- Title: VARIOUS: Cubans and Florida residents prepare for Hurricane Wilma
- Date: 21st October 2005
- Summary: (BN14) CANCUN, MEXICO (OCTOBER 20, 2005)(REUTERS) WIDE OF BEACH WITH STRAW BUILDING IN THE MIDDLE, STORM IN PROGRESS BEACH SHOT WITH PEOPLE STANDING ON DECK WIDE OF ATLANTIC OCEAN AND STRONG WAVES
- Embargoed: 5th November 2005 12:00
- Topics: Disasters / Accidents / Natural catastrophes
- Reuters ID: LVA28K8QW4744IQ3WYICY8PVQGLM
- Story Text: Cubans across the island's most western tip scurried to prepare for hurricane Wilma's winds and rain, hoping it would not hit them head on Thursday (October 20).
The country suspended school in the western province of Pinar del Rio and began evacuating thousands of coastal residents. Buses waited for residents throughout the area to evacuate those in need transportation.
Wilma was wobbling west-northwest at 8 mph (13 kph) and was expected to turn northwest by later in the day. It was forecast to skirt western Cuba and move into the south-eastern Gulf of Mexico, then turn sharply northeast toward Florida.
Workers in the province hastened to protect tobacco seedlings for the next harvest of leaves that make Cuba's famed cigars.
"The tobacco, we must take care of it and we have to make sure it gets the least possible moisture as possible," said tobacco Administrator, Nydia Ester Consuegra.
Meanwhile in the USA, southern Florida, Key West and Lantana residents were were diligently boarding up their homes and businesses.
In Key West, business owners were out before sunrise, placing sheet metal over store fronts. At Home Depot, a superstore for building materials, carts were filled with plywood sheets to be used to board up windows and doorways.
Several major forecast models on Thursday (October 20, 2005) still projected that Hurricane Wilma, an extremely dangerous storm heading toward the Yucatan Peninsula, will strike Florida on Sunday (October 23, 2005)
The weather models showed Wilma moving northwest across the Caribbean Sea to the waters between Mexico's Yucatan Peninsula and western Cuba, where it will enter the Gulf of Mexico and turn northeast toward the south-central Gulf Coast of Florida.
Wilma is expected to hit the region as a category 4 hurricane. This is down from the original forecast of a category 5 hurricane.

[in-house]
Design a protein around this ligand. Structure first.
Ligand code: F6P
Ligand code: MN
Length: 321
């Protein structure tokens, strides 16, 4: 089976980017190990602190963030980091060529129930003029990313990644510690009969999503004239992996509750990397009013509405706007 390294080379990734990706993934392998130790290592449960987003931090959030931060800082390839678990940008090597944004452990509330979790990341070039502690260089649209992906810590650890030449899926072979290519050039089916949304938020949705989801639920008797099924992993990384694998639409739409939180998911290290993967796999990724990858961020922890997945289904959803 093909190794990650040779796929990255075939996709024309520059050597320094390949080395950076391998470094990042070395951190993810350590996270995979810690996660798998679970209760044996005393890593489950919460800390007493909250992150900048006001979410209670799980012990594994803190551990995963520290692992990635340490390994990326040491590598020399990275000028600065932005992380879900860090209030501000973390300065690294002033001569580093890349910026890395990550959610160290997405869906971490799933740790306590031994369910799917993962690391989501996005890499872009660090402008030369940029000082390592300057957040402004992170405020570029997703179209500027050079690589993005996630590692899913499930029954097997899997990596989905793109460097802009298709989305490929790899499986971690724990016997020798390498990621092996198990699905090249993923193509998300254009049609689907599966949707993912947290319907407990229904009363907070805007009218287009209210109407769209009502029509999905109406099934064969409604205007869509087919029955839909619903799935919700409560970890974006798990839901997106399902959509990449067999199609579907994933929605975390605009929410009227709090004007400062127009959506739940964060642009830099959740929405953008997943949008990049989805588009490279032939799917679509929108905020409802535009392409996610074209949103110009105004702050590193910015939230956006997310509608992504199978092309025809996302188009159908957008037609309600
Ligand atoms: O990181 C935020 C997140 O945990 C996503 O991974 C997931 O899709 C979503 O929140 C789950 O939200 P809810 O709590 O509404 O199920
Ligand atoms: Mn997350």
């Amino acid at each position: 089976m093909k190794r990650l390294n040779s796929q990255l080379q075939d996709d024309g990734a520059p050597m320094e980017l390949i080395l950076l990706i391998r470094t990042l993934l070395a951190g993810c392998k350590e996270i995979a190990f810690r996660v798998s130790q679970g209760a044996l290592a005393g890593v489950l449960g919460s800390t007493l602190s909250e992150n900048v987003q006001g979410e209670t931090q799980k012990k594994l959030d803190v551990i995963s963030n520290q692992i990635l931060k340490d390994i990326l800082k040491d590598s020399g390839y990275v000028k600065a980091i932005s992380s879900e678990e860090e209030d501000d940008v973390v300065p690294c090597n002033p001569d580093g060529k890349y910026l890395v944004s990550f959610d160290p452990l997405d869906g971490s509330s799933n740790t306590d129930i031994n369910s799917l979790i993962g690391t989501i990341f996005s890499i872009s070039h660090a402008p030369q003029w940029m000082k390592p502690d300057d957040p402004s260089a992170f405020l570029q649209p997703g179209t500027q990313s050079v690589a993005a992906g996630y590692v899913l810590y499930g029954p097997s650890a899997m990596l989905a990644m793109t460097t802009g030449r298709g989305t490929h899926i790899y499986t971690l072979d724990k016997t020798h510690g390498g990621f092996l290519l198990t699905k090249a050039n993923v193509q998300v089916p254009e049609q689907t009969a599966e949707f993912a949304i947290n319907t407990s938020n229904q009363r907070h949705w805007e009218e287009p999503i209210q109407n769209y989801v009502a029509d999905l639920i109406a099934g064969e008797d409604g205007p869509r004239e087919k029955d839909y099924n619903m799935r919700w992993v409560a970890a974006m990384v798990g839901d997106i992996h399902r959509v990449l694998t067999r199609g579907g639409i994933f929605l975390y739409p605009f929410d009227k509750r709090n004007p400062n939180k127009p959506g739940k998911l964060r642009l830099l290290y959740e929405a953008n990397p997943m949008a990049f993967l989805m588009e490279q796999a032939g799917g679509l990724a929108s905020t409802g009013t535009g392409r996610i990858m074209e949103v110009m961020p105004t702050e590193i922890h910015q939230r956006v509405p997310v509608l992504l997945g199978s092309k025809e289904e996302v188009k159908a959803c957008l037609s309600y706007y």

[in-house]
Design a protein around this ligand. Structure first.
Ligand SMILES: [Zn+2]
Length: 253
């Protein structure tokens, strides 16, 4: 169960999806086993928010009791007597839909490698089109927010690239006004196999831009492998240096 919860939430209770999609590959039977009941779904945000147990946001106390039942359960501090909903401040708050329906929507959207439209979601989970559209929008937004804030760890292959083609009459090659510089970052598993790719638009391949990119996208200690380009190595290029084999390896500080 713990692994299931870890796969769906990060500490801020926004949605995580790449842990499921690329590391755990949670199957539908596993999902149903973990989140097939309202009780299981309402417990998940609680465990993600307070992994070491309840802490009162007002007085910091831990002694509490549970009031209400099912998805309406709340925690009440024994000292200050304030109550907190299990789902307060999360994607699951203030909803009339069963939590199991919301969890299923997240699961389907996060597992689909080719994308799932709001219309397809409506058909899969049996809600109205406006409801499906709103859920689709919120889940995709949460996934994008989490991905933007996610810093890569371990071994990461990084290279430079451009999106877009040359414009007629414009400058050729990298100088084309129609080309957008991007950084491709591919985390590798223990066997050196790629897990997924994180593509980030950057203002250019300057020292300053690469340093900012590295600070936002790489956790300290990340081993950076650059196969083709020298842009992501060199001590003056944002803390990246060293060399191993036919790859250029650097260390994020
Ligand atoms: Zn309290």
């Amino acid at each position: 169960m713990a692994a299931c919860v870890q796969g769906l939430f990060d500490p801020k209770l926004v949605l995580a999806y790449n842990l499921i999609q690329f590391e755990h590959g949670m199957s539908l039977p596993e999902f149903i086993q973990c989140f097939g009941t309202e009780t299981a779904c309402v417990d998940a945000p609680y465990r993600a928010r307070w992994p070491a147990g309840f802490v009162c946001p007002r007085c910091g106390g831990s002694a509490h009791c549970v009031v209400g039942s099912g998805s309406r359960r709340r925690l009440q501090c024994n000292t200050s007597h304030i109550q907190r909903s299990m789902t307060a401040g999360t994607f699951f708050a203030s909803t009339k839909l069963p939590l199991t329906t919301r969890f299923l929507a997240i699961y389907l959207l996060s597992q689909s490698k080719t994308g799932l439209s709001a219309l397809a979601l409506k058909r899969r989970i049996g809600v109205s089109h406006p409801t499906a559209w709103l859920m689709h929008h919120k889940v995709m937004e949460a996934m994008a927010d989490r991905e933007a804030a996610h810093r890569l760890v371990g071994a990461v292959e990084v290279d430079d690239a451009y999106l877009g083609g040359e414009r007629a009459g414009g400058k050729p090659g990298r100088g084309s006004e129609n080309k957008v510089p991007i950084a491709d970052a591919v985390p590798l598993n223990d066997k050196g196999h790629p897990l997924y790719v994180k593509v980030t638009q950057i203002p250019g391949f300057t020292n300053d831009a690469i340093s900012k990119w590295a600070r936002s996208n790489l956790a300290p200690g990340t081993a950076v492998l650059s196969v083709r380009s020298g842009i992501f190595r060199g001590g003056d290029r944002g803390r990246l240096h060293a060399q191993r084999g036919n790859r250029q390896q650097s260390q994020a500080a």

Max Mayfield of the National Hurricane Center warned residents not to underestimate the storm's ferocity.
"The hurricane has slowed down and it is going to be down in the Caribbean for another couple of days. Looking at the satellite loop behind us, it certainly doesn't look as powerful as it did yesterday. But, believe me, this is still a very very powerful hurricane. Don't minimize it just because it isn't a category five. The maximum sustained winds are now 145 mph (miles-per-hour). That is still a very strong category four hurricane and we do think we will continue to see some fluctuations in the intensity." Mayfield said.
Stung by criticism over a slow federal response to Katrina, President George W. Bush's administration said it was working with Florida officials to prepare for Wilma. Authorities in the Keys, connected to mainland Florida by a single road, ordered tourists out on Wednesday (October 19, 2004) and told the islands' 80,000 residents to evacuate on Friday.
Wilma will probably spare the U.S. oil and natural gas rigs and refineries in the Gulf of Mexico which had been badly battered by hurricanes Katrina and Rita in late August and September.
Wilma is this year's 12th hurricane, tying a record set in 1969. The season has six weeks left and has already spawned three of the most intense hurricanes on record. Hurricane experts say the Atlantic has entered a period of heightened storm activity that could last another 20 years.
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